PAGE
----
Only his slate-blue eyes came from his English mother; the rest of him was, as his father had often said, 'pure Fortenegro and its royal house.' The evidence of the truth of that statement could be seen in the profile stamped into the island's ancient coinage, but whilst outwardly he might resemble his ancestors, inwardly Max was his own man—a man who fully intended to remove from the people of the island the heavy yoke of custom and oppression under which they lived.
When he had first come to the island to take up the reins of ruling he had promised himself that he would bring the people out of the darkness of poverty and lack of opportunity into the light. But it was proving a far harder task than he had anticipated.
The men who formed his 'court', instead of supporting him, were completely antagonistic towards any kind of modernisation, and continually warned him of the risk of riots and worse from the people if their way of life were to be challenged.
In an attempt to do the right thing Max had married the granddaughter of one of his nobles—a marriage of mutual convenience, which Eloise had assured him she wanted, saying that she would be proud to provide the island with its next ruler. What she had not told him was that whilst she was happy to become his Princess, she had no intention of giving up her regular pasttime of taking a lover whenever she felt like it—foreigners, normally, who had come to the island for one reason or another.
Within hours of the deaths of Eloise and her current lover, when their car had plunged over one of Fortenegro's steep cliffs, gossip about her relationship with the man she had been with had begun. A maid at the castle had seen Eloise in bed in her grandfather's apartment with her lover, and before too long the whole island had known.
Now, six months after her death and following the death of her grandfather, his barons were pressing him to exact revenge on her family for her betrayal.
'It is your duty,' his courtiers had insisted. 'Your late wife's sister must make restitution. She must provide you with the son your wife denied you. That is the way of our people. Your wife shamed you. Only by taking her sister can that shame be expunged and both your honour and the honour of her family be restored.'
'I doubt that Eloise's sister would agree with you.'
Neither his wife nor her grandfather had ever spoken much about Eloise's sister. All Max knew about her, other than the fact that she existed, was that, having trained as an economist, she now lived and worked in Europe.
'She no longer lives here,' Max had pointed out. 'And if she is as intelligent as she seems she will not return, knowing what awaits her.'
'She is already on her way back,' Max had been told by Count Petronius, who had continued smoothly, 'I have taken it upon myself to summon her on your behalf.'
Max had been furious.
'So that she can be threatened into paying her family's supposed debt of honour?' he had demanded angrily.
The Count had shrugged his shoulders. 'I have told her that the apartment in the palace occupied by her late grandfather must be cleared of his possessions. Since he occupied the apartment for many years she will naturally wish to remove from it those things that may be of value.'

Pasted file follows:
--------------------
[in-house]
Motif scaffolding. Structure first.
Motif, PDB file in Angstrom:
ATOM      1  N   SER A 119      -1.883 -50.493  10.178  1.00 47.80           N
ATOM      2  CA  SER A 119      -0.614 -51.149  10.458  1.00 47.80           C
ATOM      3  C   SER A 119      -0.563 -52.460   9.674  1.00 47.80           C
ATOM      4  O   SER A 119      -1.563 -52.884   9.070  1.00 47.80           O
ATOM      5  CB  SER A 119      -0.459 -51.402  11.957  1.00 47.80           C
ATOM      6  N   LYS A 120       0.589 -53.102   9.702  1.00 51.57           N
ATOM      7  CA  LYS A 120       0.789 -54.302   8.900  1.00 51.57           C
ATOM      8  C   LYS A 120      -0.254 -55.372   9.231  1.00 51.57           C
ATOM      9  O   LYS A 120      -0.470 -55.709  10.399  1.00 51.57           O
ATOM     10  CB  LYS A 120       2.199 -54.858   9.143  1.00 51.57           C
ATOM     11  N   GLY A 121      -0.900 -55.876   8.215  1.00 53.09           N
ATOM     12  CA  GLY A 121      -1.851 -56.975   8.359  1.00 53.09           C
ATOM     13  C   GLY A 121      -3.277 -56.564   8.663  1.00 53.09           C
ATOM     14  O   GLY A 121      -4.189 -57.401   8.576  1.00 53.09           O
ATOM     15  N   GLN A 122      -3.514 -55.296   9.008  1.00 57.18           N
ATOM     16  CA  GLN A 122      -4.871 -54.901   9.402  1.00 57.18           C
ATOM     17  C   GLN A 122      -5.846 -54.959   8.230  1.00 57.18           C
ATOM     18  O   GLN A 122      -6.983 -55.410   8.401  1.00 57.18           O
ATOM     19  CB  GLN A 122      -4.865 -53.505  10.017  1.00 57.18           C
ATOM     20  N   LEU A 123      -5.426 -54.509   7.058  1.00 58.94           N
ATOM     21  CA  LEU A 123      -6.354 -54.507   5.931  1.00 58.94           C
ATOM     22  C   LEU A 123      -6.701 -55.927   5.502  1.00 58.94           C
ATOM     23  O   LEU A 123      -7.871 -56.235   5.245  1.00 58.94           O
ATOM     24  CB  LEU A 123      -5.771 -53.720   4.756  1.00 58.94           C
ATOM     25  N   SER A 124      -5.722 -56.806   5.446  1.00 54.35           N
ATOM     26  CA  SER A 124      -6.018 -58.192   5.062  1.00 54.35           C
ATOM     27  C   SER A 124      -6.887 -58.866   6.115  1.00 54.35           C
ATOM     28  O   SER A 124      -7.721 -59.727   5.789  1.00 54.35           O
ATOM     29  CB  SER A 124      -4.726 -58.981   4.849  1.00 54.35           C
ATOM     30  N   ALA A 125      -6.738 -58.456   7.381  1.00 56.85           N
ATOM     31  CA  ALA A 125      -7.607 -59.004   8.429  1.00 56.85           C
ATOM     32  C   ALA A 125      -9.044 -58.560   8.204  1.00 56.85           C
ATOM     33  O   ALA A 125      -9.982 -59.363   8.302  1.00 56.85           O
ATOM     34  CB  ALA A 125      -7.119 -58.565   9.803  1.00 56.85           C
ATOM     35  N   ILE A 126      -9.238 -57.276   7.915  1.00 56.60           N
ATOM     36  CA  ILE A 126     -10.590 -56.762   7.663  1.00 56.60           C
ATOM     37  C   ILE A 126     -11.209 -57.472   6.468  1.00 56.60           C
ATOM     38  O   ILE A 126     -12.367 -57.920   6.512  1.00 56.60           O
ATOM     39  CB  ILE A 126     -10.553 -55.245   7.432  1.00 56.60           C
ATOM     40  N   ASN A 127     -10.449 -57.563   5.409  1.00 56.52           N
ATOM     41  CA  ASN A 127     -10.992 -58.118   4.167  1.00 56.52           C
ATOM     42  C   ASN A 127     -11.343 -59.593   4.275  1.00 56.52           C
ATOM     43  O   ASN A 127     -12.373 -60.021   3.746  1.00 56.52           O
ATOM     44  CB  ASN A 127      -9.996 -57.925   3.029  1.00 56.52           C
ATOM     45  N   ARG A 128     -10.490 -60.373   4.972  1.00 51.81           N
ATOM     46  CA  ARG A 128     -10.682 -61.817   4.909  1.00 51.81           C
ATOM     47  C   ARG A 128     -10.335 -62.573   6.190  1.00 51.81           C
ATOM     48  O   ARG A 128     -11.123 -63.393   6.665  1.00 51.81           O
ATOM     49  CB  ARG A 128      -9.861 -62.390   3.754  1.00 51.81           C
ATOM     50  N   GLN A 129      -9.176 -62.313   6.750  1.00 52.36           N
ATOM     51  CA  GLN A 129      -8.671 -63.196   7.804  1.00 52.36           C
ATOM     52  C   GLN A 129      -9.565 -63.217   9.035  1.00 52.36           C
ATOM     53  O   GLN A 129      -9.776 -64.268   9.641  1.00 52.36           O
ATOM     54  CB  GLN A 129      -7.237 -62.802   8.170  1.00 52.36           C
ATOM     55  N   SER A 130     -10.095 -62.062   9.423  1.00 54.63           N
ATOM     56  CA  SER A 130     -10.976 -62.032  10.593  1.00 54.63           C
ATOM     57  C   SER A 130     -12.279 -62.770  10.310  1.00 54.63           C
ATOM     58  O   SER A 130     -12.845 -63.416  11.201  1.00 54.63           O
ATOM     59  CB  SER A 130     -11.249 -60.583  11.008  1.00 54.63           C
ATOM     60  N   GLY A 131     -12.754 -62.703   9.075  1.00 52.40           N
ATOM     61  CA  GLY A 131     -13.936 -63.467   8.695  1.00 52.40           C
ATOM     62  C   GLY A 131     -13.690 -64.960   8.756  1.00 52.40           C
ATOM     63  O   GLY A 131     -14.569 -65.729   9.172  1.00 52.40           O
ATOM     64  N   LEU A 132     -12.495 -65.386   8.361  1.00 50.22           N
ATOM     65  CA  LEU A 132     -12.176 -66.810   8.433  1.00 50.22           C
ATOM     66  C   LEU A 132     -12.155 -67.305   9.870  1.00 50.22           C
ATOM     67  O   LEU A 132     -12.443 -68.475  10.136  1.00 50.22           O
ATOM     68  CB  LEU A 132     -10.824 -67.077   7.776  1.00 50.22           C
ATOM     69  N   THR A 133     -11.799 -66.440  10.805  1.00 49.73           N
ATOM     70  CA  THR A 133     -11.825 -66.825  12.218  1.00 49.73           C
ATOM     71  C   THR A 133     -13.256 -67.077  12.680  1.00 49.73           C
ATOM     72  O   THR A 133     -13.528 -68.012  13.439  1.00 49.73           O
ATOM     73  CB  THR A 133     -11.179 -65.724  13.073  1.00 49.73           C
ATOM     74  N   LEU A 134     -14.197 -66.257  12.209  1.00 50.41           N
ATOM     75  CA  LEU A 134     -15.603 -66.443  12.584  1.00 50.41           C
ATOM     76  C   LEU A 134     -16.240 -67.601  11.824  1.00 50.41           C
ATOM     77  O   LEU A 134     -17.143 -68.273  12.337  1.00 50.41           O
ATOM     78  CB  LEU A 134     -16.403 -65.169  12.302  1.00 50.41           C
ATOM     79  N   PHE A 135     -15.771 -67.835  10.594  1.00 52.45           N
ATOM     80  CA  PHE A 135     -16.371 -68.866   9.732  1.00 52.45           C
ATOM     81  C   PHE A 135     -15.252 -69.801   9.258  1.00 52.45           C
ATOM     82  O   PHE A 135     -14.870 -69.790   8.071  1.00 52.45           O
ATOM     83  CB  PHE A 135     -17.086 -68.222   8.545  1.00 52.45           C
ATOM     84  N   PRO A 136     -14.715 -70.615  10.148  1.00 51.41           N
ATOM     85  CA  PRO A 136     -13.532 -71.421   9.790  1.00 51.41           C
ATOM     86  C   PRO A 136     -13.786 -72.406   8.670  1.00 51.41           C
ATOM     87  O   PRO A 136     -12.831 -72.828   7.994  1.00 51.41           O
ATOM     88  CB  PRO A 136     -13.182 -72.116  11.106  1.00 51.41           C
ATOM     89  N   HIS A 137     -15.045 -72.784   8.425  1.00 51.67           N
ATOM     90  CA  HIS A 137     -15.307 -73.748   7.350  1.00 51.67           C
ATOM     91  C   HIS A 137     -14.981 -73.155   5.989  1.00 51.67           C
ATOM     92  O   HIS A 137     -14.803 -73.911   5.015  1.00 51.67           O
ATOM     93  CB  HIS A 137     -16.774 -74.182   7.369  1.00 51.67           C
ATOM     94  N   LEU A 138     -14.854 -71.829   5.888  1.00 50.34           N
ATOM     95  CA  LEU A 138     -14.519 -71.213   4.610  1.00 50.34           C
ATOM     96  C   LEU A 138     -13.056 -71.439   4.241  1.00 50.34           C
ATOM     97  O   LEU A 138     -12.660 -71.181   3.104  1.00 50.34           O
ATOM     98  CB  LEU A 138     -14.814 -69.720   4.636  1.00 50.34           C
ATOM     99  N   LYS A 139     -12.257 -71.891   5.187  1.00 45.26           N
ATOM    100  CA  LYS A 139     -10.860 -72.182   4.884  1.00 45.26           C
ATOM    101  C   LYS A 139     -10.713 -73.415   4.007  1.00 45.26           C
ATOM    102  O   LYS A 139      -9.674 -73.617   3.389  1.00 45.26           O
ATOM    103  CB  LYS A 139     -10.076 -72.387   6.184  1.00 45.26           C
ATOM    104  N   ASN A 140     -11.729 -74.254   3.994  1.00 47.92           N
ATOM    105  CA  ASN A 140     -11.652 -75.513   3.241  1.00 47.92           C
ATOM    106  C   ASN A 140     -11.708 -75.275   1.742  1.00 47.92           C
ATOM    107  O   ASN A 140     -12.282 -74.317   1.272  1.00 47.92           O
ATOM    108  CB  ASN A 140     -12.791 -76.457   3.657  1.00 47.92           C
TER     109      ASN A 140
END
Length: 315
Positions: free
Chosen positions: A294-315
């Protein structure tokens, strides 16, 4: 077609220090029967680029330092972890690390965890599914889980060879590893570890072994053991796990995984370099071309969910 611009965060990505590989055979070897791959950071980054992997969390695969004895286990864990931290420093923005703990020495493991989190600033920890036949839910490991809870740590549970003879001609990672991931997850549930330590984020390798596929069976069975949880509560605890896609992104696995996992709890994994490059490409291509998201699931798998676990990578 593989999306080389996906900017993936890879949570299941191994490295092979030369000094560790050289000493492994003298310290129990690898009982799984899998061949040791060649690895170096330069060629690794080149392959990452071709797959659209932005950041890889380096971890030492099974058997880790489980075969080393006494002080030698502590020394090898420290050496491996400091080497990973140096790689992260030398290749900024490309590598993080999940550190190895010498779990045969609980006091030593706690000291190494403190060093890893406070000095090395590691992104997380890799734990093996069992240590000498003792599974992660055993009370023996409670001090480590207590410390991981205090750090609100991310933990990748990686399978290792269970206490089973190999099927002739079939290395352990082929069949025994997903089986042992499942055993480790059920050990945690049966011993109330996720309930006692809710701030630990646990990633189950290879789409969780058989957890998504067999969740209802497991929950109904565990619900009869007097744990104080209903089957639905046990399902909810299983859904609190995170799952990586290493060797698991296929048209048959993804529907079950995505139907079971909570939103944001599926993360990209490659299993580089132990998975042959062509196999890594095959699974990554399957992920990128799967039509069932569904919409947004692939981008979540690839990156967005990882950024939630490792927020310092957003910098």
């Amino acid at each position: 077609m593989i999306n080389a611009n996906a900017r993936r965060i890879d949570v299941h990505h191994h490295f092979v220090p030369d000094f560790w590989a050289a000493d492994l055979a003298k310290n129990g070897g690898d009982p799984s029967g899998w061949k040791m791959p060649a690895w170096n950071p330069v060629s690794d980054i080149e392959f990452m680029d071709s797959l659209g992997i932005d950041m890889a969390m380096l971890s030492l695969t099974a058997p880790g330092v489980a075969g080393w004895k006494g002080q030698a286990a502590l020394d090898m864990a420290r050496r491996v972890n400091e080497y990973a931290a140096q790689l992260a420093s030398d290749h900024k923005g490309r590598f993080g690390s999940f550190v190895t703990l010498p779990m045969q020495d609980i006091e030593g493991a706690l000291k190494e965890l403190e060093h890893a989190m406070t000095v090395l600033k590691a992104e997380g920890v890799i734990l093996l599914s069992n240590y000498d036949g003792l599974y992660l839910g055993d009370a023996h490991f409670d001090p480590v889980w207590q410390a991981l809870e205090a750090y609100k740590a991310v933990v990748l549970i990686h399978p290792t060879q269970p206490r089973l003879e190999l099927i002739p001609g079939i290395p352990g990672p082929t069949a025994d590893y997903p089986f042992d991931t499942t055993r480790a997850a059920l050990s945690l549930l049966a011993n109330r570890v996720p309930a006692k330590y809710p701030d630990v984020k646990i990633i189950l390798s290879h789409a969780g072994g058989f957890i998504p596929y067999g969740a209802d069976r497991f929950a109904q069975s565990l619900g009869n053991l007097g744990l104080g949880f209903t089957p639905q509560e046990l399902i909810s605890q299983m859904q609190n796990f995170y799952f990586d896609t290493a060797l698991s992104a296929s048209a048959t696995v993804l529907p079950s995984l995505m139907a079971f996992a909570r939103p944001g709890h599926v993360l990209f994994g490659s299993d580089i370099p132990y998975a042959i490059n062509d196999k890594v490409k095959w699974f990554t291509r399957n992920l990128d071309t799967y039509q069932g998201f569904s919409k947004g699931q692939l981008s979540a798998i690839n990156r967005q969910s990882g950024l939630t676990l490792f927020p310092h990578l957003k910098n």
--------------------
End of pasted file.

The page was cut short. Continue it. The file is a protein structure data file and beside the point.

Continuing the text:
Max hadn't been able to conceal his loathing for the Count's underhanded behaviour.
'You have tricked and trapped her.'
'It is your own fate you should be considering, not hers,' the Count had pointed out. 'The people will not tolerate being shamed by a ruler who allows his wife to cuckold him. They will expect you to demand a blood payment.'
And if I do not? Max had wanted to demand. But he had known the answer.
'We live in troubled times,' the Count had told him. 'There are those on the mainland who look at this island and covet it for their own reasons. If the islanders were to rise up against you because they felt you had let them down then such people would be pleased. They would be quick to seize the advantage you will have given them.'
Max had frowned. The Count might have spoken theatrically, but Max knew that there was indeed a cadre of very very rich and unscrupulous businessmen who would like very much indeed to take over the island and use it for their own purposes. The island was rich in minerals, and it would be a perfect tax haven. And so much more than that. With its natural scenic beauty— its snow in winter on the high ridge of its mountains, and its sea facing beaches that basked in summer sunshine—it would make a perfect tourist destination, providing year-round enjoyment.
Max was already aware of the benefits that tourism could bring to the people of the island—handled properly—but he was equally aware of the billions it could make for the unscrupulous, and the destruction and damage they would cause if they were allowed to gain control of the island. He had a duty to ensure that did not happen.
'Your late wife's sister is on her way here, and once she is here you must show the people the power of your vengeance. Only then will you have their respect and their trust,' the Count had continued.
And now he must wait for the woman standing opposite him to give him her answer—and he must hope, for her sake and the sake of his people, that she gave him the right one, even whilst he abhorred the way she had been tricked into coming to the island, and the nature of the threats against her personal safety.
If nothing else, he told himself grimly, when she married him he would at least be able to protect her from the appalling situation the Count had outlined to him— even if that protection did come at the cost of her personal freedom.
Certain aspects of his current position were never going to sit comfortably with his personal moral code, Max acknowledged grimly. It was all very well for him. He was making the decision to sacrifice his freedom of choice for the sake of his people. Ionanthe did not have that choice. She was being forced to sacrifice hers.
The sun was sinking swiftly into the Aegean sea whilst the man who had been her sister's husband—who now wanted her to take Eloise's place—stood in silence by the window. The evening breeze ruffled the thick darkness of his hair. With that carved, hawkish over-proud profile he could easily have belonged to another age. He did belong to another age—one that should no longer be allowed to exist. An age in which some men were born to grind others beneath their heels and impose their will on them without mercy or restraint.
Well, she wasn't going to give in—no matter how much he threatened her. She had been a fool to let herself be tricked into coming here, especially when she knew what the old guard of the island were like. That was why she had left in the first place. Was it really only a handful of hours ago that she had been promising herself that finally, with her grandfather's death and the money she would inherit, she would be free to do what she had wanted to do for so long.